No relevant issue is known for the development version, either.

Here some comments about the checks you have done:

  • You should use professional preflight tools for checking your PDFs; eventually by asking your print shop to have a look them.
  • pdf-parser.py does not seem to be able to detect ICC profiles, even when I make sure that one is embedded in it, by looking at at the raw data with a text editor.
  • extractICCprofiles.ps from the Ghostscript project finds ICC profiles embedded by Scribus into PDF files.

Here some more details about the way Scribus uses and embeds ICC profiles:

If you have activated the Color Management and you are using "Printer" as a target in the PDF export (as you are doing), Scribus will convert all the colors to the target color profile. Since the colors are now been converted, the ICC profile is not embedded in the PDF file.

If you check the Use Color Profile option for Solid Colors, the colors are not converted to the target profile and the profile itself is embedded into the PDF, so that it can be considered in the further processing steps.
The same applies for the Use color Profile option in the Images section.

If you your printer did not specify otherwise, the default behavior, with no ICC profile embedded, is what you are looking for.

If you have the feeling that this behavior is wrong (and can find sources that define how it should be!), please fill a request in the Scribus issues tracker.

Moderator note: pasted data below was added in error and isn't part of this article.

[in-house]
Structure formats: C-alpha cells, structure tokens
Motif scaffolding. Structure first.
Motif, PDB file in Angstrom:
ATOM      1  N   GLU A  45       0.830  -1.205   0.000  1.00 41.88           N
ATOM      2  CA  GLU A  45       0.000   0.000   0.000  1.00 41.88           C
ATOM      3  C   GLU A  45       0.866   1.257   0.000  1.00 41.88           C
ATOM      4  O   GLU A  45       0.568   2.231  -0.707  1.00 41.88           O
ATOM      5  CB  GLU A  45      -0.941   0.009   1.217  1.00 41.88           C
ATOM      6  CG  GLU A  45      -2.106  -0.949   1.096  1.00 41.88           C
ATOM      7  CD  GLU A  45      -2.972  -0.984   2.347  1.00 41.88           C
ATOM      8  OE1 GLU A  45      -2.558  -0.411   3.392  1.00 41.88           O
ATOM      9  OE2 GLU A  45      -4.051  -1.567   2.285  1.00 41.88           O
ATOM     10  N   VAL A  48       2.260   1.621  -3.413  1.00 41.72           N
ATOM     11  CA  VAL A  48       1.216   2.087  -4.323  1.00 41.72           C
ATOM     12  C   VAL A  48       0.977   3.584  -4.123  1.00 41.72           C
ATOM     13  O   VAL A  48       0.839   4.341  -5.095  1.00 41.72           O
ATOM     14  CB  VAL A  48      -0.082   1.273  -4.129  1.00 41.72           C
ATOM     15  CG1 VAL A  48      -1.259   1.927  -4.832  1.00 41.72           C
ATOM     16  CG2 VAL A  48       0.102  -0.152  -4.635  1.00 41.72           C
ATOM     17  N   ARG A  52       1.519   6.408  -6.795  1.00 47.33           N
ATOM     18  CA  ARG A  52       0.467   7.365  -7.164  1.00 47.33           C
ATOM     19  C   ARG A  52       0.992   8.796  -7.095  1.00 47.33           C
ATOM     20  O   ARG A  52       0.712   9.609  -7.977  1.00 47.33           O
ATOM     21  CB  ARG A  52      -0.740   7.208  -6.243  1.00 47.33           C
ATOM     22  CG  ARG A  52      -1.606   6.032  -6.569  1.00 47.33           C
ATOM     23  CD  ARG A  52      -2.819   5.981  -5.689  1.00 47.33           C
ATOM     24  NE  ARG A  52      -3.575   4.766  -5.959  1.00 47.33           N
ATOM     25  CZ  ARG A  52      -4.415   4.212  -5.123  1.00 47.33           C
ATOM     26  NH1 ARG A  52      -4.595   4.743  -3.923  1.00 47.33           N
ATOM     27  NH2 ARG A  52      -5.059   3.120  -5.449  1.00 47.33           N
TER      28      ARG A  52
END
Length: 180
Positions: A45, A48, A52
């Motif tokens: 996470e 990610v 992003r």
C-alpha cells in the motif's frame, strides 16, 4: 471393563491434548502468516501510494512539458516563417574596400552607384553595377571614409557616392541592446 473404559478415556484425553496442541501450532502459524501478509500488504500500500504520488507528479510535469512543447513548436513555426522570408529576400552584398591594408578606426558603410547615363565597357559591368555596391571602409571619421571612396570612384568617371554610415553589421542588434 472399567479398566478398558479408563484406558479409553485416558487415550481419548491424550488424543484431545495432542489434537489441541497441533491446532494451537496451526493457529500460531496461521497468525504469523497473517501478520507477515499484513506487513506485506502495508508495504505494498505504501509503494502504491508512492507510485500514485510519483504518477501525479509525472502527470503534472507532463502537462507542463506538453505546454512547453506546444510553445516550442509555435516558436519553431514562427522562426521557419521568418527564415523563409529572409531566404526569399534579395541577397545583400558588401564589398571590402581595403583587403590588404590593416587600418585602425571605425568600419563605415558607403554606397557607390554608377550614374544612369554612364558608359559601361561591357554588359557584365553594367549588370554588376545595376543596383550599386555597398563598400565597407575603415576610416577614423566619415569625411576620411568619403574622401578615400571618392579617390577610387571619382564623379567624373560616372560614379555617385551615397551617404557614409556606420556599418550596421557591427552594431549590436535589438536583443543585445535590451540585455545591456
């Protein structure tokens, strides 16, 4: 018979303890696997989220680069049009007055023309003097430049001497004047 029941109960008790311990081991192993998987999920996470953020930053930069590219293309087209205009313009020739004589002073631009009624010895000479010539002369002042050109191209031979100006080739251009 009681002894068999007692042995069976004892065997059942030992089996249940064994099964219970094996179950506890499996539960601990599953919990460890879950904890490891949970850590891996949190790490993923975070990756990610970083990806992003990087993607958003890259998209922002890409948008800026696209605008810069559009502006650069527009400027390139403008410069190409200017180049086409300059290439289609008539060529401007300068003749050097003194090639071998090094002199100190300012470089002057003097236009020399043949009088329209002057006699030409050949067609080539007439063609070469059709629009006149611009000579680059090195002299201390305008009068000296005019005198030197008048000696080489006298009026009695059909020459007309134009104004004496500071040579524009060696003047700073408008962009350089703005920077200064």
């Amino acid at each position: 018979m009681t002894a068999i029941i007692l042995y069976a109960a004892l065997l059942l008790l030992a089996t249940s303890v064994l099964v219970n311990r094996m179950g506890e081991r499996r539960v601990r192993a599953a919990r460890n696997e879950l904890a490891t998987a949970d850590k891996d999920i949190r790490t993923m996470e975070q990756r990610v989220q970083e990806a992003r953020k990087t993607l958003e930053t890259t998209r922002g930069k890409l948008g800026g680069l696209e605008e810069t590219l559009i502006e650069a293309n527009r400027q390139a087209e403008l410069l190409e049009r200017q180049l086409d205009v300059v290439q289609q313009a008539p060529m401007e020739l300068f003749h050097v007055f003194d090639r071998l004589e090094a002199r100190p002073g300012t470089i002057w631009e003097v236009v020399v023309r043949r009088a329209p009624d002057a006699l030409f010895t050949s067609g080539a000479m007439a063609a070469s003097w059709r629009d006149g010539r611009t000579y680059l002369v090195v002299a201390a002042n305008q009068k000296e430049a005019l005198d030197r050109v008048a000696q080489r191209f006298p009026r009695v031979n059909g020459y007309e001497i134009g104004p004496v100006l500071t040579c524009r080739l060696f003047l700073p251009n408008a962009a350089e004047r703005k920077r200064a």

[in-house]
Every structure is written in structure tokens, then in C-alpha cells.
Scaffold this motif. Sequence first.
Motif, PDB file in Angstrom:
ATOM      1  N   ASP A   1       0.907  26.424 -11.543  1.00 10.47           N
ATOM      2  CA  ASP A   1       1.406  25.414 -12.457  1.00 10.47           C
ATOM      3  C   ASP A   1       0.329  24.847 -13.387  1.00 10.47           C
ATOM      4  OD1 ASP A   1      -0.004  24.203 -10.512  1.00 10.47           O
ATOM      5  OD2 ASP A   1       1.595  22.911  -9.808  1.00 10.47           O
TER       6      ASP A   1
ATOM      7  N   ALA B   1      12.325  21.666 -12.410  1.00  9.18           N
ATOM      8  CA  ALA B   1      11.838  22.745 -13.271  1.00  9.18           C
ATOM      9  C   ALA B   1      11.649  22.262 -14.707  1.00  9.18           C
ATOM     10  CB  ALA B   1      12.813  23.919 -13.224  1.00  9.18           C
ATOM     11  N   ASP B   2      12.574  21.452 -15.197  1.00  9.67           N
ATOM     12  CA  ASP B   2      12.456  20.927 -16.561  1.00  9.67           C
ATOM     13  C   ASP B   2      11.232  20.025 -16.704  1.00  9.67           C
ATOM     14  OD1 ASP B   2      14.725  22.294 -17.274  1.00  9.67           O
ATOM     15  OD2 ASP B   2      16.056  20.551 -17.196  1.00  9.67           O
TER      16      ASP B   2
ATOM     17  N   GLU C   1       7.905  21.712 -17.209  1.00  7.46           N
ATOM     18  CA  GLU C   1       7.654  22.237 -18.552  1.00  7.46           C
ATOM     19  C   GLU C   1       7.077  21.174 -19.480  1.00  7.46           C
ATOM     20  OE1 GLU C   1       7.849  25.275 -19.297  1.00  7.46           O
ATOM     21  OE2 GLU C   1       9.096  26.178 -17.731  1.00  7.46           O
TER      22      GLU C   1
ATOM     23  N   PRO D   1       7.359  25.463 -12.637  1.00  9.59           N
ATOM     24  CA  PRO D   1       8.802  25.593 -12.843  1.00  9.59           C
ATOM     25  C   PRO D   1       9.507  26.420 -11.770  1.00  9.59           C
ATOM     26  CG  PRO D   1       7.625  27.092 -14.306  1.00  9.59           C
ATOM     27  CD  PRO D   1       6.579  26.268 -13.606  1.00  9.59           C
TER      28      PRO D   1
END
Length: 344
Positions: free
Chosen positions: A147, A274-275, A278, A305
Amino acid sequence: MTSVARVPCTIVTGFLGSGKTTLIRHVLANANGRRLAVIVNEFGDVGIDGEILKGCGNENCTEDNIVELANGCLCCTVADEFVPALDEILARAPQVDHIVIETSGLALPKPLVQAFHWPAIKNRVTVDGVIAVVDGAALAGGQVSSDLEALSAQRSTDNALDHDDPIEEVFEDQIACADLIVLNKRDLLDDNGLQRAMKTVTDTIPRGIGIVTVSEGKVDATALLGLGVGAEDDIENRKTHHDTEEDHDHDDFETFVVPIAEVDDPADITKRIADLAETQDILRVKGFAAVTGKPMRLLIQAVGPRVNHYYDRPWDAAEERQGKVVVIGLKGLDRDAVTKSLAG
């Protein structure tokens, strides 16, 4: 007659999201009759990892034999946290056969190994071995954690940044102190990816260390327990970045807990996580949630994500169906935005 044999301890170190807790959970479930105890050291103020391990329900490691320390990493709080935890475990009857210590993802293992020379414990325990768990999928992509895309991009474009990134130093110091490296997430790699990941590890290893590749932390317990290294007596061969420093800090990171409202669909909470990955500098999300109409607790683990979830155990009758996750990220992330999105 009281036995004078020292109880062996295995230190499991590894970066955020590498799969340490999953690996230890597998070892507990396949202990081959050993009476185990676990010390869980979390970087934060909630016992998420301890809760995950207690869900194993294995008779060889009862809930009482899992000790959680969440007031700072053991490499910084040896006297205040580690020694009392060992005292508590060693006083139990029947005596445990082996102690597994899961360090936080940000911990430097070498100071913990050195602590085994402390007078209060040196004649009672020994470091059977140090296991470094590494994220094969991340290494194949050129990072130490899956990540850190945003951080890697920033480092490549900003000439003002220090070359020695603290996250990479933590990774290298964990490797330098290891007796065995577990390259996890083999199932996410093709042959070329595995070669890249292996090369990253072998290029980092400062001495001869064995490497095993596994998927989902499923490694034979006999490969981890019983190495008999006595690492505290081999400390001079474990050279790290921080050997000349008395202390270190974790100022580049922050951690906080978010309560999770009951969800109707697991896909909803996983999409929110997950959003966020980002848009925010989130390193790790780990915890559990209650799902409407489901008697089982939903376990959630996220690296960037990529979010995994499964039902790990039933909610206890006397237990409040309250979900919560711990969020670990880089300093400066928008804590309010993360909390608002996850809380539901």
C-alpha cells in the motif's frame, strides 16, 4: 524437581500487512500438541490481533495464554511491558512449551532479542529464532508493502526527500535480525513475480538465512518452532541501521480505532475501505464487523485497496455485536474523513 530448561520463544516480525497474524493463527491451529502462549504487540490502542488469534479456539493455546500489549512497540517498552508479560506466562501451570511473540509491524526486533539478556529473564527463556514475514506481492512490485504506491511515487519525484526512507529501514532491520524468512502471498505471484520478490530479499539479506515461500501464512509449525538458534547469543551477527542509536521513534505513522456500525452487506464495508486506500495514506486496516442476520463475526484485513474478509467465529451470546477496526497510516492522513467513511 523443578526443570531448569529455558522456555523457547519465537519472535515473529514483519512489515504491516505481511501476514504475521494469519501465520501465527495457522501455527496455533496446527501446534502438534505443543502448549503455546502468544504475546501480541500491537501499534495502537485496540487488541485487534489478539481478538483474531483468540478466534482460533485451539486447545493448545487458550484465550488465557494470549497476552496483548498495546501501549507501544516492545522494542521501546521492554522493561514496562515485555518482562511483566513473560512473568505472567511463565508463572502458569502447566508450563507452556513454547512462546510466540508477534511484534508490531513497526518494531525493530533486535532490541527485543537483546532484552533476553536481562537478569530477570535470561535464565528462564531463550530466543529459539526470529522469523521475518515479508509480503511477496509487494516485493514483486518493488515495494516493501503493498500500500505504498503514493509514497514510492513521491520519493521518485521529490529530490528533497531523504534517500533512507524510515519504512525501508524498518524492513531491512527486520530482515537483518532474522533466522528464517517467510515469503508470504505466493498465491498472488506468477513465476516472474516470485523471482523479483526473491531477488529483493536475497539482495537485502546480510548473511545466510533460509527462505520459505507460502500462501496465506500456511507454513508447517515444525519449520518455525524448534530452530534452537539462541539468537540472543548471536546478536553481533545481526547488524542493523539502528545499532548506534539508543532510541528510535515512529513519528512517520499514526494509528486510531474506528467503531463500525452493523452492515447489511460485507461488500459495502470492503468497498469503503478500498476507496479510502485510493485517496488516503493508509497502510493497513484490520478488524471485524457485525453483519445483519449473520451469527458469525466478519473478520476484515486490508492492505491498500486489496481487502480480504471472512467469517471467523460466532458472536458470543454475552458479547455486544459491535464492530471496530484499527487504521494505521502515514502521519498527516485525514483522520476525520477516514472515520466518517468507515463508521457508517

Color Management is a hard topic and Scribus' documentation on it is way too sparse. But with a bit of luck, this answer will improve the documentation...

[edit: i've removed the answers concerning the support of the svg feature and the eps export and filled as separate answers: they are not the main topic of this question]
[edit: after having received more information, edited the answer to be a real answer; the original answer was asking for more details, since i did no have the right to add comments]

  • Thanks for the reply. Please see the updated version of the question. – har-wradim Sep 8 '15 at 20:48
  • Yes, if I choose "Solid Colors" → "Use color profile" then it is embedded in the output. But fst, my profile doesn't appear on the list and second, I thought this was about replacing an existing profile, since it is already set in "Document Setup" (see the screenshots). If this last idea is not correct, how can I choose the right profile in that dialogue? Concerning SVG rendering bugs: this seems quiet consistent, I think I can come up with a minimal simple example for the bug tracker. – har-wradim Sep 8 '15 at 20:49
  • - concerning the svg rendering: nice! let's hope it's something the team can fix! – a.l.e Sep 9 '15 at 12:19
  • @har-wradim: concering the ICC: i think that you should explain what is the real life problem you're facing. since i've not heard of complaints similar to yours and since the answers i'm getting from more skilled people tend to confirm that scribus is doing the right thing, i wonder if you're sorrows are of only on the theoretical level (this means that you should not provide the print shop with a PDF as you want to have it :-) but you might have a real issue and there is indeed a problem somewhere... – a.l.e Sep 9 '15 at 12:28
  • No, the question is about the workflow and not about any specific files. You haven't answered the question: should one explicitly choose "Use color profile" in "Save as PDF" → "Color" → "Solid Colors" or not? If yes, why doesn't the profile actually used in the SVG file appear as an option although it is located in /usr/share/color/icc/? – har-wradim Sep 9 '15 at 22:10